When Time Warner announced the merger with AOL, they had 25 men at the top. Not one media outlet in the country mentioned that the biggest entertainment and communications merger in the country was about to be run by men heading up every department. General Electric did the same thing. Fifty men. The punchline there is: Who buys all those products? The refrigerators, the microwaves, the freezers, the dryers? Women.
Q: You say every woman over 40 is always labeled 'difficult.' Why?
A: Show me a successful woman over 40 who isn't called difficult. There's an MIT study that found that men are automatically given the last space; women have to ask for it. Men are automatically given the professional assignments; women have to ask for them. Men are assumed to be ambitious, needy and desirous of certain things and get them automatically… . Finally you pitch a fit and something happens; then you're called 'difficult.'
Most of us aren't good at asking. And we don't ask for enough. We don't like to ask. Very few of us stand up for each other. Very few of us have powerful mentors in a position to help us. So what are we? Difficult.
Q: Why do you admire Hillary Clinton so much?
A: She's sort of a Rorschach test on power because people don't like her because of the issues. What interests me about the reaction to Hillary is how personal it is. It's about her marriage and her ambition. And I've never heard those issues applied to any man by anybody… .
And they're muzzling Lynne Cheney [wife of Republican vice-presidential nominee Richard B. Cheney] because they're afraid that powerful and ambitious women wives will be a turn-off to voters, particularly women… . Lynne Cheney has lived a feminist life. She's out there. She's been in top jobs. She's traveled when need be. In many occasions, she's had a higher profile than her husband, and it's worked. And now she's muzzled.
Q: Did you ever challenge Bill Clinton about his sexual assaults on women?
A: I asked him about Juanita Broaddrick. He said he would never have [done it.] That was a hard thing for me, as here I was, a rape victim, and defending him on Juanita Broaddrick… . I was sure he hadn't done anything. I mean, it's not him. I think he's sexually undisciplined, but I don't think he's a rapist. Of course he said he would never force himself on a woman.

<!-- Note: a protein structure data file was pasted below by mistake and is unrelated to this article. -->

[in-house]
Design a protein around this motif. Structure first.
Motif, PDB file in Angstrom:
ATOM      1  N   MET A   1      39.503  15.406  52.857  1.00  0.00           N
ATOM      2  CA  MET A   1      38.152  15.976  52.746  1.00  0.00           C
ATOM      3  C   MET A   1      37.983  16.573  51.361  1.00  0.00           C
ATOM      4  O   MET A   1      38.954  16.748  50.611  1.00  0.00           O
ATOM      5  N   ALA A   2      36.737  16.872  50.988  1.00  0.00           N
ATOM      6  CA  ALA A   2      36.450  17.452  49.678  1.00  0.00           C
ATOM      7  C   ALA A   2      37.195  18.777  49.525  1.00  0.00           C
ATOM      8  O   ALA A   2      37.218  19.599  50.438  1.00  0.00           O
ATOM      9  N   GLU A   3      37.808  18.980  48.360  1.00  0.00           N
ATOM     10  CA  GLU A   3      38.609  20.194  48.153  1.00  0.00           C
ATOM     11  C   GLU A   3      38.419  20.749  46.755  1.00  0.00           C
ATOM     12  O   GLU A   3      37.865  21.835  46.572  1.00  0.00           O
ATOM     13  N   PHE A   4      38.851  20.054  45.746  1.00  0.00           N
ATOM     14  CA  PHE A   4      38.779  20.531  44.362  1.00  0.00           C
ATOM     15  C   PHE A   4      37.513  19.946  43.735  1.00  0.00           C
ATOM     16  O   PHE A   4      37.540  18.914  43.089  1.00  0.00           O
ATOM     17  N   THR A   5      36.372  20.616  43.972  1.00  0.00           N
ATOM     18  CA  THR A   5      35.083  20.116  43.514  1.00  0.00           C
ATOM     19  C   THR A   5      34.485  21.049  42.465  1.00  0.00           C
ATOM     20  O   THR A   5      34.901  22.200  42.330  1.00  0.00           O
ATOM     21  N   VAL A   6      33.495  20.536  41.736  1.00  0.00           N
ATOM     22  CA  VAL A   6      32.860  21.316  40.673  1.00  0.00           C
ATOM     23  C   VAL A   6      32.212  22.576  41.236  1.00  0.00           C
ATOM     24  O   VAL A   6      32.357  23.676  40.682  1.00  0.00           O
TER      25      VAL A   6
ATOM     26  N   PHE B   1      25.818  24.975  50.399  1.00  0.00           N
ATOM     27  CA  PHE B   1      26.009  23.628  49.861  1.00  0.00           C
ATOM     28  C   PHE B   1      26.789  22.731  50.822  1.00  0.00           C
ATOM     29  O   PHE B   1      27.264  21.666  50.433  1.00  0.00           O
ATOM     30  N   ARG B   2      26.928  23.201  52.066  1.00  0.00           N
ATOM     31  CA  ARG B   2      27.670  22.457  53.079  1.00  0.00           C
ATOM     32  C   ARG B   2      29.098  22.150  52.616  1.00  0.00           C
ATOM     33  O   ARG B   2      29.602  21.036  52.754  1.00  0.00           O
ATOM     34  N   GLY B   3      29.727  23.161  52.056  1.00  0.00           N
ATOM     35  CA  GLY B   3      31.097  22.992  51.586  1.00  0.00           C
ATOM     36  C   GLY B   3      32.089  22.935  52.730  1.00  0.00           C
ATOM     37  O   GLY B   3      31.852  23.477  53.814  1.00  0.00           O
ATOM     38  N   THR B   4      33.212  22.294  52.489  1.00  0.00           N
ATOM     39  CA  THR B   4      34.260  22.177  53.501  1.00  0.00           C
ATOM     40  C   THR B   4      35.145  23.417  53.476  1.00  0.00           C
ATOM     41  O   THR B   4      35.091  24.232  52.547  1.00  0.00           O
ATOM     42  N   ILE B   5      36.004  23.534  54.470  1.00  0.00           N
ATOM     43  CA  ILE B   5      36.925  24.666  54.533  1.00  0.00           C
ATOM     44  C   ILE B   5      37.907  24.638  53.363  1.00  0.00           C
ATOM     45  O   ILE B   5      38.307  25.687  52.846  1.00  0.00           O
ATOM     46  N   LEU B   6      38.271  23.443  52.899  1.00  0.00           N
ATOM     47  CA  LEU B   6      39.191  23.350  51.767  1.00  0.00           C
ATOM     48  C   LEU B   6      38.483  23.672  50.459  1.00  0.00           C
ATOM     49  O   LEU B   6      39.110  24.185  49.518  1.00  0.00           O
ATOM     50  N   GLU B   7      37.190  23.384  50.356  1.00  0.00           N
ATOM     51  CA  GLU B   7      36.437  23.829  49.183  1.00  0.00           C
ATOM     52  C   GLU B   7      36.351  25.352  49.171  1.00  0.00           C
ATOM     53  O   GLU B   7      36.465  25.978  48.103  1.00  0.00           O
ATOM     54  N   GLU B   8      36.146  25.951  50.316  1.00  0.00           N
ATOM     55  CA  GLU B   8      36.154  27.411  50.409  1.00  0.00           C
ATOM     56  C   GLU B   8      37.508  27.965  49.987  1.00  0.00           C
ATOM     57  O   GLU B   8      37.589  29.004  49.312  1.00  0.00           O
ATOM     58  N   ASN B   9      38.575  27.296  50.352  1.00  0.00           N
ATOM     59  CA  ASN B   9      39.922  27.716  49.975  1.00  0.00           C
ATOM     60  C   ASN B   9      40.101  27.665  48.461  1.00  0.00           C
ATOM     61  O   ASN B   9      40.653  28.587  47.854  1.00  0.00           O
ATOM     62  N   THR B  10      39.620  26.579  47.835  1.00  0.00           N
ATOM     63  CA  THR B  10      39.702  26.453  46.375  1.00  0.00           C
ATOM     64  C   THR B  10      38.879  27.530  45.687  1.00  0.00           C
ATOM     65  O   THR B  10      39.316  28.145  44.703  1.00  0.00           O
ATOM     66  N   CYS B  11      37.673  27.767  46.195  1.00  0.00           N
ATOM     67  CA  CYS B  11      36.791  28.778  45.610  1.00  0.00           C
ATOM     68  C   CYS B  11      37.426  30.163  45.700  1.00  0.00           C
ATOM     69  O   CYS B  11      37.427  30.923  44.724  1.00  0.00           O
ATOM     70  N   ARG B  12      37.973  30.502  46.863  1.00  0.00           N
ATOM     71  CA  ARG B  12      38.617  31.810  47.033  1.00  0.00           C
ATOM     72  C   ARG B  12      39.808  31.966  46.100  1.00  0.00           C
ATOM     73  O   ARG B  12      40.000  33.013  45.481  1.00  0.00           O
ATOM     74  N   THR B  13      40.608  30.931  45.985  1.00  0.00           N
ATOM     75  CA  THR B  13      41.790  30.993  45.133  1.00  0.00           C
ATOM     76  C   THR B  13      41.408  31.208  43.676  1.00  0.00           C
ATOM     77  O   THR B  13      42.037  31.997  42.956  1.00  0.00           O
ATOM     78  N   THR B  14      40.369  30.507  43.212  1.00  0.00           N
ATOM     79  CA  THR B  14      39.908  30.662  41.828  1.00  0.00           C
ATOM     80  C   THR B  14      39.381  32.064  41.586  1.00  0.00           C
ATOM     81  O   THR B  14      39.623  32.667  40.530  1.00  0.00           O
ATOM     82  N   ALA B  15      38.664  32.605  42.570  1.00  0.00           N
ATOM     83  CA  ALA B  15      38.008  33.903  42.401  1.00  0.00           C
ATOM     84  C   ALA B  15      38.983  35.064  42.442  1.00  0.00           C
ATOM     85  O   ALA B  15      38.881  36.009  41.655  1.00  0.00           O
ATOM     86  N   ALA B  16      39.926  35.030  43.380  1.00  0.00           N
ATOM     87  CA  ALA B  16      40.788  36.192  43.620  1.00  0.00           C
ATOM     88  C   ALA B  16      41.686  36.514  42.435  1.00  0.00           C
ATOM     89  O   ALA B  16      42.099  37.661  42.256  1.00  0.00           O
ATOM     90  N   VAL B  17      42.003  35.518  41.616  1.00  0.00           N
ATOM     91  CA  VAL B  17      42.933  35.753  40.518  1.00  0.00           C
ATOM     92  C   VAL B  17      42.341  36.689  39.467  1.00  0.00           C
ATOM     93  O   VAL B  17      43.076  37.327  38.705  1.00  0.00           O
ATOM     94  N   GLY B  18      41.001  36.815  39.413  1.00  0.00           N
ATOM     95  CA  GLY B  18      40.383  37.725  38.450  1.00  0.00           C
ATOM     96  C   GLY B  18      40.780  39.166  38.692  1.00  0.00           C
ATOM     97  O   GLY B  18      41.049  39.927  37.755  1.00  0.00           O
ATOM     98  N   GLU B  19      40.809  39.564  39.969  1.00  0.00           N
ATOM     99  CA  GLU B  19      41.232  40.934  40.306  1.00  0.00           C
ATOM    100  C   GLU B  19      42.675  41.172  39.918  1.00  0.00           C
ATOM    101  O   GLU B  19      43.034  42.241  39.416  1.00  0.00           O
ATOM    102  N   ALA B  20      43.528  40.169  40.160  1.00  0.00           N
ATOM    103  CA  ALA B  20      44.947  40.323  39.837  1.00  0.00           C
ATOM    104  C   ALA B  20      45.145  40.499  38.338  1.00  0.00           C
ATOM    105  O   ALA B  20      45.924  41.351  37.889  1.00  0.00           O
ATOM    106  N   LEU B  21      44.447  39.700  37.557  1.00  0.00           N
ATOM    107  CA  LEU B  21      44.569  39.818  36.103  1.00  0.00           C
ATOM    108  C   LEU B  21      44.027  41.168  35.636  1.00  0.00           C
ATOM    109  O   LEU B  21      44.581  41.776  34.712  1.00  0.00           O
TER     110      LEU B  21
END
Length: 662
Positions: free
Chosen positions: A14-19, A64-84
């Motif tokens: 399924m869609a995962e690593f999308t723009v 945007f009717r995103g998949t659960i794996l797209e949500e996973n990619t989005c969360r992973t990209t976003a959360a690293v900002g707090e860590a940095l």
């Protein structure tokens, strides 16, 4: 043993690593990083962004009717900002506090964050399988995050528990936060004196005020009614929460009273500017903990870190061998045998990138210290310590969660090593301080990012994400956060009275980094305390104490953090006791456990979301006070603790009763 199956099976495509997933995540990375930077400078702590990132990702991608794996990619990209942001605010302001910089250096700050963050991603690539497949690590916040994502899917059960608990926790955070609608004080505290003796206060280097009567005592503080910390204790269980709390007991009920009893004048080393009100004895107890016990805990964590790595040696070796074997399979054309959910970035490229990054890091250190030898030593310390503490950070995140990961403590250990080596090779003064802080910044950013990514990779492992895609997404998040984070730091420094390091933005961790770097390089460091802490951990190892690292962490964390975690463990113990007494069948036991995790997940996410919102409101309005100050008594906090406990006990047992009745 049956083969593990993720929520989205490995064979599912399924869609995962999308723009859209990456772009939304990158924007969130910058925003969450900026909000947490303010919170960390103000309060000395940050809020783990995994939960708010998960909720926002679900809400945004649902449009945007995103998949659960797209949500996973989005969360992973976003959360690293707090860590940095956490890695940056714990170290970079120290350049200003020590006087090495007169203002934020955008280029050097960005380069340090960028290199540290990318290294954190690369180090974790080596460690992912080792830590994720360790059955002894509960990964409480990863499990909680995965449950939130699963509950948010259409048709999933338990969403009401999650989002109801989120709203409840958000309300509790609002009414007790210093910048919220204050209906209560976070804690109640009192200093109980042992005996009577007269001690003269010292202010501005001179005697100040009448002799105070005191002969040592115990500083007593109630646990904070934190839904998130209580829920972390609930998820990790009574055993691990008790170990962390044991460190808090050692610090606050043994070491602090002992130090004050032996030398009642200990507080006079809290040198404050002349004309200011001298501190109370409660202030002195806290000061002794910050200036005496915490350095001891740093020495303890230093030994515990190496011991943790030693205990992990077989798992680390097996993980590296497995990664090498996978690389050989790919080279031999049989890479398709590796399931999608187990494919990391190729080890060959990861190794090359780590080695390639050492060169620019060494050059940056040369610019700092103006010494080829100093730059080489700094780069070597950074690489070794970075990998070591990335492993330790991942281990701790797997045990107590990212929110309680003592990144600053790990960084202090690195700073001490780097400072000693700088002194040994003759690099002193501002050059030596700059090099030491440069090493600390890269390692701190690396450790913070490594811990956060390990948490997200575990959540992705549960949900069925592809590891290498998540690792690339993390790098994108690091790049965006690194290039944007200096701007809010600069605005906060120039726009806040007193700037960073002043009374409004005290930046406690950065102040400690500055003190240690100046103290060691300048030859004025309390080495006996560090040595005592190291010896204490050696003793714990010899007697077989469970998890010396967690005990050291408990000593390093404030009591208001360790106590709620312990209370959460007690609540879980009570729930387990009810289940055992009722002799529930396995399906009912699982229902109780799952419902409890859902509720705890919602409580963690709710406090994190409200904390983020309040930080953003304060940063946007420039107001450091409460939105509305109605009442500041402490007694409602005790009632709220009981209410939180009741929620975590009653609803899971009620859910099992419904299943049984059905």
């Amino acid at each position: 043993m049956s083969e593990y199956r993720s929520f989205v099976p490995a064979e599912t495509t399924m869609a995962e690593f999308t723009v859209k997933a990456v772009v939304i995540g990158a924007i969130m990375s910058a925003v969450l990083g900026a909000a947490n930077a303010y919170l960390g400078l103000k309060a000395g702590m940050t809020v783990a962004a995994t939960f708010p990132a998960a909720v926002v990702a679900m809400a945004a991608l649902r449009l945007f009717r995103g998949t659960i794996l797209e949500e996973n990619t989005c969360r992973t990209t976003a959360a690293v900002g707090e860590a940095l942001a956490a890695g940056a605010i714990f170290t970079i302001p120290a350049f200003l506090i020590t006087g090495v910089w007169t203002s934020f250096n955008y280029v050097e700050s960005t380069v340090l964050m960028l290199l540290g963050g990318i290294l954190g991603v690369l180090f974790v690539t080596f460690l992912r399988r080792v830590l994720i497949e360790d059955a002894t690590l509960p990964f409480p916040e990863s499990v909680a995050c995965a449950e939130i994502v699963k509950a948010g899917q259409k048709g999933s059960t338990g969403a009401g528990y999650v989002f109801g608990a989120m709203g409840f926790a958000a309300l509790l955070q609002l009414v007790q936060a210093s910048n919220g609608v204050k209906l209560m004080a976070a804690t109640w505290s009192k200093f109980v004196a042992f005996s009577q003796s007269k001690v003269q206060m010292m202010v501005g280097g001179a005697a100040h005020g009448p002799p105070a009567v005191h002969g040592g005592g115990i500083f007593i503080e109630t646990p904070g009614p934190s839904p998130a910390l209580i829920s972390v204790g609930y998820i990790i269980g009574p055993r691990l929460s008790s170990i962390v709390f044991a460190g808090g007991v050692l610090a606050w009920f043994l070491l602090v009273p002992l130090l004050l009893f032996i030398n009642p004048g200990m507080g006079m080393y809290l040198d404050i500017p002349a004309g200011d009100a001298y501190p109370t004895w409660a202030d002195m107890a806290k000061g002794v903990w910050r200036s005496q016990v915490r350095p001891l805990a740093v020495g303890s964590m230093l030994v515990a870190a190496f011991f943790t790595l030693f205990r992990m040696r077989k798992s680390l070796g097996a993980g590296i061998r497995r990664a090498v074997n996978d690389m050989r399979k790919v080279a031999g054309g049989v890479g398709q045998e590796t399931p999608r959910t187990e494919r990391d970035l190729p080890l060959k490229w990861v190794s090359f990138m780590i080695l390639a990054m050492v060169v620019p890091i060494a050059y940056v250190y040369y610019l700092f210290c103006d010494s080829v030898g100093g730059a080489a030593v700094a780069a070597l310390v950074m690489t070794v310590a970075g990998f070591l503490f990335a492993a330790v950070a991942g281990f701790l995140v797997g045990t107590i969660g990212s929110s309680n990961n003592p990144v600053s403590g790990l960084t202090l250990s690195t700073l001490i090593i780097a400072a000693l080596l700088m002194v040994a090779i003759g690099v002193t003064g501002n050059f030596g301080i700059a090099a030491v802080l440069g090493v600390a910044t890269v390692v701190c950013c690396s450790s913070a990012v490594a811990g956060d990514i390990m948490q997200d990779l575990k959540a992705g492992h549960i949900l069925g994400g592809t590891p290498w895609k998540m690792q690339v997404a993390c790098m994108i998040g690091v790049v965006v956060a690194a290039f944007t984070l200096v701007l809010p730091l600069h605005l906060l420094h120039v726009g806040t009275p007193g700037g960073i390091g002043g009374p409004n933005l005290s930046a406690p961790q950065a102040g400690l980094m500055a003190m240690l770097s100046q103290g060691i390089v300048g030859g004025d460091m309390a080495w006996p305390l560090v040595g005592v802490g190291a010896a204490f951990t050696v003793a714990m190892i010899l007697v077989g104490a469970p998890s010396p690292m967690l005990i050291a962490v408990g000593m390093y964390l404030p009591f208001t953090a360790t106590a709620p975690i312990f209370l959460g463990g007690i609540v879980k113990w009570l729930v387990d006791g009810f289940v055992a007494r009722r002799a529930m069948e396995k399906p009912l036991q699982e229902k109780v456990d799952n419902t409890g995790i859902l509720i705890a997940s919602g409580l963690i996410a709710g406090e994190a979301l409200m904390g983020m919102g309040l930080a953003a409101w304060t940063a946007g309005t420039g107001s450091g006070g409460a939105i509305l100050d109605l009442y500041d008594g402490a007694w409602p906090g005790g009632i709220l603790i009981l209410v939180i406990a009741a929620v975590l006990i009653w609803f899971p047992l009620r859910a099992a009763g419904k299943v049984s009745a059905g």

Q: Do you think he was telling the truth?
A: Oh yes. I was talking to him around the time of the Clarence Thomas trial, and he said to me he couldn't understand why these guys would harass women. That, quite frankly, if you were a powerful man in Washington or anywhere in politics and you wanted women, there were plenty of women to be had without having to hassle anybody. I've watched women throw themselves at him. This man doesn't need to harass anybody. The number of willing volunteers is more than it should be.
Q: Despite your pending divorce, do you think marriage is good for women?
A: I think it has its advantages. Having been married 14 years, I can tell you, it's lonely not being married. Even an unhappy marriage has its good moments and aspects of partnership. I think the problem is that for a lot of women, marriage becomes the occasion, the excuse and the mandate to trim their sails. A powerful man is considered a very attractive and desirable man. A powerful woman is considered … .
Before I was married, I was living in Boston, and I hooked up with this guy who owned a huge multi-million-dollar company. Extremely well-educated. Extremely successful. The Wall Street Journal had profiled him. We went out to dinner, and he turned to me after dinner and he said, 'You're the most intimidating woman I've met in my entire life.' And he didn't mean it as a compliment. And I was a 29-year-old Harvard professor.